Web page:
Monday, June 13, 2016

E3 2016: Sony

For the last press conference of E3, Sony makes me more conflicted than I've ever been before.

So... that happened.

In all honesty, I don't really know how to react to Sony at this year's E3. Nothing really wowed me and the games that were shown off just seemed to be odd choices, or odd versions of classic games. Everything just seemed slightly off in the littlest of ways, but it was enough to make me lose my opinion on this conference.

Here's the thing with Sony; even though they're the heads of the industry right now, there's this feeling that they're lazy and content with the title. They're acting like they've already won this generation, and now their products are becoming lazy. The games still look great and some games have generated an insane amount of hype behind them, but this conference just seemed so egotistical. A swelling orchestra, only CG trailers for games with one demo, and just a rapid fire pace of announcements that made sure none of them left an impact on me except for a handful of titles. When it's revealed that Insomniac is making a Spider-Man game, or that there's going to be a Crash Bandicoot HD collection, or even a new God of War game, it should leave a greater impact than "okay".

God of War opened the press conference, confirming that the game would feature Norse mythology, but that the gameplay is now completely different. It's a third person, over-the-shoulder action game alla The Last of Us, bearded Kratos and child included. When I saw the trailer, all I could think about was my heart sinking and how none of this was God of War. This was THE hack-and-slash game series with intense action, oodles of blood, gore, and crazy magical powers with huge set piece moments. This new game seems so tamed by comparison and looks... well... generic. It doesn't FEEL like God of War to me, and that should never happen. Hell, God of War: Ascension feels like a more authentic game than this one.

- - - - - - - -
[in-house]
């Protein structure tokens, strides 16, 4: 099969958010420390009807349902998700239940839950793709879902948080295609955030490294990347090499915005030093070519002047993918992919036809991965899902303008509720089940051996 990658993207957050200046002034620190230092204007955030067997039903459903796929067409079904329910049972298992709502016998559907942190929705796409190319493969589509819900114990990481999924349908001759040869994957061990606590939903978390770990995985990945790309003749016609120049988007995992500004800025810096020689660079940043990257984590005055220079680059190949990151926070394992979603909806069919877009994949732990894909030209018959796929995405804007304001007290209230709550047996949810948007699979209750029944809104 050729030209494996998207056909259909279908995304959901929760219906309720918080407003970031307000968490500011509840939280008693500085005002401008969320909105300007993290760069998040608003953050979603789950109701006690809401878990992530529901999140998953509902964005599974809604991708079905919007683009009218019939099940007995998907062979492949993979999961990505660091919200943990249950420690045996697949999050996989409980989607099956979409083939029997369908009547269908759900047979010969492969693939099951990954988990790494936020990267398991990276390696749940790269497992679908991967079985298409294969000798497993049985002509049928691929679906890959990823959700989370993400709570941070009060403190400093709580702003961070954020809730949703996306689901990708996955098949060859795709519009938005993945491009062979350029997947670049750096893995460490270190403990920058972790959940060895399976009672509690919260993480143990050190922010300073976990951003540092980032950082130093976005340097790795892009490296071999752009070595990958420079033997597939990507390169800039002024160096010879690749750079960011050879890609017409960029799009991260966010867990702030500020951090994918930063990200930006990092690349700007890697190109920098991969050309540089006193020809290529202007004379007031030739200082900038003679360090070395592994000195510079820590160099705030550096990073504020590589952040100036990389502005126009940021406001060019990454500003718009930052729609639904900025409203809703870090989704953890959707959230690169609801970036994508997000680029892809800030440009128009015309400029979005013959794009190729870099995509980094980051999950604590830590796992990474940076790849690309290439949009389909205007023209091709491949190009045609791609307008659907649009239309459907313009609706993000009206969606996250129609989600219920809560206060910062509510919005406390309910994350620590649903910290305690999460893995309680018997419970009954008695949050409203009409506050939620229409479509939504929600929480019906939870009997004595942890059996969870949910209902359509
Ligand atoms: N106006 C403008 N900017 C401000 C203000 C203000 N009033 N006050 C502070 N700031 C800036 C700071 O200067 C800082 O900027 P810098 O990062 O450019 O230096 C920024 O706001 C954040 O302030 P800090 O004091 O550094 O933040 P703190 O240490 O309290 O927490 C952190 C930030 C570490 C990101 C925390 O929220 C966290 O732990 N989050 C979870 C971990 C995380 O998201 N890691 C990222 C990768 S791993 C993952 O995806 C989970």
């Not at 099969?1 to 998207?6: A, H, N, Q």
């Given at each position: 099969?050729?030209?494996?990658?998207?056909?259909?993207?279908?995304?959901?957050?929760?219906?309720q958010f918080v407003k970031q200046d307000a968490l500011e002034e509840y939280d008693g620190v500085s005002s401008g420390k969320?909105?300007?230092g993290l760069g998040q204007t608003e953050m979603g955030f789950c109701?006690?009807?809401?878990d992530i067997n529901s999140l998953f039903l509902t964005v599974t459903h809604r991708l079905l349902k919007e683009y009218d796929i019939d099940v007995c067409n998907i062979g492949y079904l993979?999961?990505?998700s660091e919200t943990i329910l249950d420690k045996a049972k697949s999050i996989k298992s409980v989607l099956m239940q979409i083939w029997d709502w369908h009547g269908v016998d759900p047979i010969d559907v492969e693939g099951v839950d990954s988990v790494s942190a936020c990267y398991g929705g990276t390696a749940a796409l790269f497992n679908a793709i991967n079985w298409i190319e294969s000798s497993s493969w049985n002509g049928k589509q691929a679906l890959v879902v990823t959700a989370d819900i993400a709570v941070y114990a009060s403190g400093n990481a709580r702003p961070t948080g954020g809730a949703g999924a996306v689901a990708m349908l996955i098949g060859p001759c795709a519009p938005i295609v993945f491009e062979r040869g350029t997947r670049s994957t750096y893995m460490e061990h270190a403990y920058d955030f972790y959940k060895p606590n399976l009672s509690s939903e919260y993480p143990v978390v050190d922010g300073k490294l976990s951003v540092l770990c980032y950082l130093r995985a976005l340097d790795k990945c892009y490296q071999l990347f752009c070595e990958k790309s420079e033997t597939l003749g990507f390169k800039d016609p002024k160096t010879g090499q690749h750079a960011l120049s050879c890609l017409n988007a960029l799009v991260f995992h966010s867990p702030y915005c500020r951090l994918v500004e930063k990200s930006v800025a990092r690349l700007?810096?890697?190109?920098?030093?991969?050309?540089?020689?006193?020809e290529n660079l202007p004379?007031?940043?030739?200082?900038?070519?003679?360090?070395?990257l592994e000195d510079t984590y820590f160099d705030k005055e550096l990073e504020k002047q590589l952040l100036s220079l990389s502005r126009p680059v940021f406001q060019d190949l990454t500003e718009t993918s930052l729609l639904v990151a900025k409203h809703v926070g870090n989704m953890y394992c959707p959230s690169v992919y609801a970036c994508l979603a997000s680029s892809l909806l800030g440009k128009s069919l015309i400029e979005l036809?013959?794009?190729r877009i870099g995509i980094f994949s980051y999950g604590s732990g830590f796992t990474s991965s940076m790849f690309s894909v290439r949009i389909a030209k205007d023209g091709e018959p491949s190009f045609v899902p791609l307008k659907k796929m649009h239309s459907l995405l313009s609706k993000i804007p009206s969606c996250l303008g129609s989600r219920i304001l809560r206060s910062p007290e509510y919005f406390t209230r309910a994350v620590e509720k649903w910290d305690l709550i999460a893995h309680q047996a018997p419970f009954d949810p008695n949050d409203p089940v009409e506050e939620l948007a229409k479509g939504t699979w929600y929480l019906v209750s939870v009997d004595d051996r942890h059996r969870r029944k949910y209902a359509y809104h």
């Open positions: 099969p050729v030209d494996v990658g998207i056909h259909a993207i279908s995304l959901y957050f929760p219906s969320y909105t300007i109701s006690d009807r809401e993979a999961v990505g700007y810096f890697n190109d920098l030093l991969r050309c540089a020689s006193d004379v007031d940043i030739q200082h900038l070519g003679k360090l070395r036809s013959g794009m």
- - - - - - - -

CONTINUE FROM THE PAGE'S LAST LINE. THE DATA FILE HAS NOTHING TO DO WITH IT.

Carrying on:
Personal gripes aside, we also got a reveal for Detroit: Become Human and Days Gone, two new games that look promising. Detroit is a Quantic Dream game about a cyborg hostage negotiator, while Days Gone is a biker post apocalypse survival game. Again, like The Last of Us. Both games seem cool and have great tech behind them, so I'm looking forward to seeing more of them. Horizon Zero Dawn also showed up with a release date, and like I said last year, the game commanded my attention and makes me ravenous for more.

Then came the VR.

Look, I know that the industry is trying really, really hard to make VR the next thing, and it may potentially be the next thing, but the experience of having VR will always be inferior to a simple controller and TV. Why would I want to buy a $400 head set to play a game tat I can already play on my TV just so I can be "immersed" into the game better. Sony spent a good portion of its time showing VR games, most of which were first person shooters. Even Final Fantasy XV has a VR version where you play as one of the main characters whose job is to just warp around battlefields shooting enemies. So a glorified rail shooter. Resident Evil VII was even unveiled, and while I'm really curious to know a lot more about the game, it was revealed as a VR game first and had a lot of callbacks to P.T. I can't tell if that was just Capcom trying to be cool and fill the gap in our hearts from last year's devastating cancellation, but it just seem like the most underwhelming way to reveal Resident Evil VII.

Speaking of which, Hideo Kojima came to show off his Norman Reedus game Death Stranding, which looks fantastic, but I have no idea what the hell was going on there. It was a beautiful CGI Norman Reedus looking at a grey beach... and that's it! As a tech demo, it looked great, but as a game, I don't know what it's going to be about.

So in short, Sony had bizarre renditions of classic games, a big push for VR that I'm still not convinced on, and a few actually decent showings of games that I'm legitimately interested in. I feel like this conference was still good, but it's not the second coming of Christ that many were expecting it to be. Honestly, Microsoft made a much more compelling case for the Xbox One than Sony's half hearted press conference. Still good, but what a shame.


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